It’s wise to take advantage of all the resources and information out there to help you purchase your first home. Money is out there — you just have to go find it, and be willing to do a little work.

OK, maybe a lot of work.

A first-time homebuyer, for the sake of most grant and loan programs, is someone who hasn’t purchased a home within three years.

One of the requirements for homeowner grant and loan programs is a 8-hour workshop. There are several to choose from.

https://www.investatlanta.com/homebuyers/additional-resources/homebuyer-education

Here is a list of Invest Atlanta approved local providers for homebuyer education courses:

  • Resources for Residents and Communities ** – (404) 525-4130 – rrc-atl.org
  • SUMMECH CDC, Inc. – (404) 527-5465 – summechcdc.com
  • Urban League of Greater Atlanta – (404) 659-1150 – ulgatl.org
  • 1st Choice Credit Union – (404) 832-5800, ext. 16 – 1stchoicecu.org
  • Center for Pan Asian Services * – (770) 936-0969 – cpacs.org
  • ClearPoint Counseling Solutions * – (404) 527-7630, ext. 4 – clearpoint.org
  • D & E Group * – (770) 961-6900 – depower.org
  • DeKalb Metro Housing Counseling Program – (404) 508-0922 – dekalbmetrohousing.org
  • HomeFree USA – (404) 969-3053 – homefreeusa.org
  • Housing Authority of Fulton County – (404)588-4950 – hafc.org
  • National Investment Division Housing Counseling Agency – (770) 472-3756 – nidhousing.com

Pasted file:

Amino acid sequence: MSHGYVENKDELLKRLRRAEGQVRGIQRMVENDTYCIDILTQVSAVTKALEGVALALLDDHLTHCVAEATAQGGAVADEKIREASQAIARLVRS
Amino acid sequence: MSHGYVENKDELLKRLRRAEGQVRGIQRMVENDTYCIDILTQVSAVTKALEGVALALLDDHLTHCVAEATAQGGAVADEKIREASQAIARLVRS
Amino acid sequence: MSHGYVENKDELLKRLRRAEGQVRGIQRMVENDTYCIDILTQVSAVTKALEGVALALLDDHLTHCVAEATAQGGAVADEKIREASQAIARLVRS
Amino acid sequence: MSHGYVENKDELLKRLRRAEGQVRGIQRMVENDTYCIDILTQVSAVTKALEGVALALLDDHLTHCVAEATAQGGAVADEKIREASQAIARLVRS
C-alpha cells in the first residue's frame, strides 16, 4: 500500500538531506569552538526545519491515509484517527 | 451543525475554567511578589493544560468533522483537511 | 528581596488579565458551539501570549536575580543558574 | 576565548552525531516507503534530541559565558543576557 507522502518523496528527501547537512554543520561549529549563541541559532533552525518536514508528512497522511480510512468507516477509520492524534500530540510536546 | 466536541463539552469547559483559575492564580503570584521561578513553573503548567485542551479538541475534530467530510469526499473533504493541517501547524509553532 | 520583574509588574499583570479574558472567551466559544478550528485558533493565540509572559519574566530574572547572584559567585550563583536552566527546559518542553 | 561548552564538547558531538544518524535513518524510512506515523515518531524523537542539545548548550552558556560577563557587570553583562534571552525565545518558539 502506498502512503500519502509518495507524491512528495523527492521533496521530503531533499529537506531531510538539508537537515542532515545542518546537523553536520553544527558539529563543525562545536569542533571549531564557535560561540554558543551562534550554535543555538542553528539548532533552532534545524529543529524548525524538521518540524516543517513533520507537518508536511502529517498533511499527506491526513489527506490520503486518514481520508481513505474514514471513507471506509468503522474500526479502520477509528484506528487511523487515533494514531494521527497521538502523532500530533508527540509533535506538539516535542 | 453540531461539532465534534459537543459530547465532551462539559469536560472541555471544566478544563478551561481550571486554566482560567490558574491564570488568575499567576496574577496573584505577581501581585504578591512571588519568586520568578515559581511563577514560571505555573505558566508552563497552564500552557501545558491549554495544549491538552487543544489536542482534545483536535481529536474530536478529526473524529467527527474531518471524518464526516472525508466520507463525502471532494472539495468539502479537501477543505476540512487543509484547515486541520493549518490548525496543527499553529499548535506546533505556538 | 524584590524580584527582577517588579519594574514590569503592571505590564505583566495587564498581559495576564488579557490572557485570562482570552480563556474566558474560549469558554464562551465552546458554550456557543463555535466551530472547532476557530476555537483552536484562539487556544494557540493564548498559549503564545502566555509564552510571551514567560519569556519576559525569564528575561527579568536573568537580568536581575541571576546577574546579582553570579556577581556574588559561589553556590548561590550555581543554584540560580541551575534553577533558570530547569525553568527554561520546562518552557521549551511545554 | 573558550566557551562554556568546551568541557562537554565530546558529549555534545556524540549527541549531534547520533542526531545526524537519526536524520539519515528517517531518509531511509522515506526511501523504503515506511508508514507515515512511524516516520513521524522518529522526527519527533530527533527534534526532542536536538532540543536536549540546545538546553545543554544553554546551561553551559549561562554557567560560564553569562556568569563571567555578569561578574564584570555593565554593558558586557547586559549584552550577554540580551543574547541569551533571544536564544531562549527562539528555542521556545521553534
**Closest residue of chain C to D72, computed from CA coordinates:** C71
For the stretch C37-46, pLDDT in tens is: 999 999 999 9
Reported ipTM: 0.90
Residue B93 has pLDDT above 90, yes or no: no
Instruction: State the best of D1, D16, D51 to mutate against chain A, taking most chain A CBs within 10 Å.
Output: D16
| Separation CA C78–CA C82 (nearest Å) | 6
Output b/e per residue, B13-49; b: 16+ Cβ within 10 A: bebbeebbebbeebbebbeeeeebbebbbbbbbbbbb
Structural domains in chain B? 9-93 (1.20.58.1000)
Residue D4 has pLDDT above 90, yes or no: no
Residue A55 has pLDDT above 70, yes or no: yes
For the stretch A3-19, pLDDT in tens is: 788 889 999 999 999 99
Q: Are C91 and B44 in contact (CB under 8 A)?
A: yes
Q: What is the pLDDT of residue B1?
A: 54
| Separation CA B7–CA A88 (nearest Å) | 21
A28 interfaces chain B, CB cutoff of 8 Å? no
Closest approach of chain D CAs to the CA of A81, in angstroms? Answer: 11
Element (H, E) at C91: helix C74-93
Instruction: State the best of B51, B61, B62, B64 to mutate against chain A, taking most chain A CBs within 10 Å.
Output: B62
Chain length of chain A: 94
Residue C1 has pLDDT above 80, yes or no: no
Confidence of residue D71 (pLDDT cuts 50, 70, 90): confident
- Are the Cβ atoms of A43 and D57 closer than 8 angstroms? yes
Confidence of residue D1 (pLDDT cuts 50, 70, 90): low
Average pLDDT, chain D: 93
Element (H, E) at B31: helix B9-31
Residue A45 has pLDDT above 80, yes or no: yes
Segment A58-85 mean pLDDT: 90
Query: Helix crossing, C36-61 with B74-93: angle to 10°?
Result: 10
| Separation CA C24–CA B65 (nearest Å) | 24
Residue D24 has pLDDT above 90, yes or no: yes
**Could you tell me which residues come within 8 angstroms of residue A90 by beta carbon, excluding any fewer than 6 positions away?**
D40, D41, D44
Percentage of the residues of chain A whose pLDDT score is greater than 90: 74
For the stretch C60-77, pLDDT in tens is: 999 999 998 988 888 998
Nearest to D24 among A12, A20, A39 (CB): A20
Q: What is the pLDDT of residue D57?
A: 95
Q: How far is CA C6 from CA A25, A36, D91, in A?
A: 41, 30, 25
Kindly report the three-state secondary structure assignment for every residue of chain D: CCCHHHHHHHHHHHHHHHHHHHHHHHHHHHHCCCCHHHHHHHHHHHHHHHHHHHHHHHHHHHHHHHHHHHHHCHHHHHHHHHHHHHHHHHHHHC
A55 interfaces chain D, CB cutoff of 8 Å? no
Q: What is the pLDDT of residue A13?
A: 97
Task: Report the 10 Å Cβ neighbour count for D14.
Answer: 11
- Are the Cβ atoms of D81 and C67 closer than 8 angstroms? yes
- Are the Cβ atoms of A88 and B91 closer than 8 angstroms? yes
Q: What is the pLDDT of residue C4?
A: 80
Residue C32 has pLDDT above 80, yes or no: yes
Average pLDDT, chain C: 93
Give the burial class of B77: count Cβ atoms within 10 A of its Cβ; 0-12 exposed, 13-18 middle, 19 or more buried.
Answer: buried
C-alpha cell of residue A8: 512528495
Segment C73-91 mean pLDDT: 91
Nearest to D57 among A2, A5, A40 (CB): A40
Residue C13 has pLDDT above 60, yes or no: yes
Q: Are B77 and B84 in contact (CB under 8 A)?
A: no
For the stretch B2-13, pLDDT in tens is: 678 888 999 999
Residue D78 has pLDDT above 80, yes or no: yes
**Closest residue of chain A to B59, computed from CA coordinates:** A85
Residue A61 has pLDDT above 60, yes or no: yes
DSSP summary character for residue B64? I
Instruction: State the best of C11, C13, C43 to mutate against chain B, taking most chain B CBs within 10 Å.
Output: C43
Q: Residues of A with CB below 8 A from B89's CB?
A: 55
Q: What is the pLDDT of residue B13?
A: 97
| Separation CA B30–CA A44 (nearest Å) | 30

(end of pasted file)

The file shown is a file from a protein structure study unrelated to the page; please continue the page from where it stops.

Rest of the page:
• Operation HOPE – (404) 941-2919 – operationhope.org/atlanta
  • The Center for Working Families, Inc. – (404) 230-7133 – tcwfi.org
  • The Homeowners Employment Corporation – (404) 492-6554 – homeownerscorp.com

* Organization offers online homebuyer education course
** Organization offers renovation education class

The topics covered generally include:

  1. Fair Housing Rights
  2. The Mortgage Loan Process
  3. The Closing Process
  4. Credit management and down payment assistance
  5. What to expect from your Real Estate professional
  6. Why you need a home inspection
  7. Why you need home owners insurance

At the conclusion of your workshop, you’ll have a ton of information, and your head will likely be swimming, but you’re starting to gather the resources you need to make the best decision for you.

The certificate you’ll receive following your workshop is good for 12 months. Some workshops will also allow you to repeat parts of the class free of charge if you want more information, a chance to refresh your knowledge or need to renew your certificate. Or if you just need something to do on a Saturday afternoon.

One of the major decisions you’ll have to make, and one which will determine the right loan or grant program for you, is whether you choose a turn-key home or a fixer-upper. There is a lot of appeal to buying a place that you can make uniquely your own. But how much work are you prepared to do?

It’s important not to take on more than you can handle if you decide to go the fixer route. Here are the Federal Housing Administration (FHA) loans for homes that need repair:

  1. The 203 (k) program. This is the FHA’s primary tool for providing insured mortgages for the purchase of refinance of single family properties in need of major repairs.
  2. The Streamlined (k) program. This program was developed to address the needs of properties needing simple or minor repairs or remodeling, such as a new roof, furnace or appliances, for up to $35,000.

Contact the FHA Resource Center for more 203(k) information.

Correction: According to 203kContractors.com®, The Streamline 203k was eliminated by HUD in September 2015 and replaced with the Limited 203k.

 

 

 

 

 

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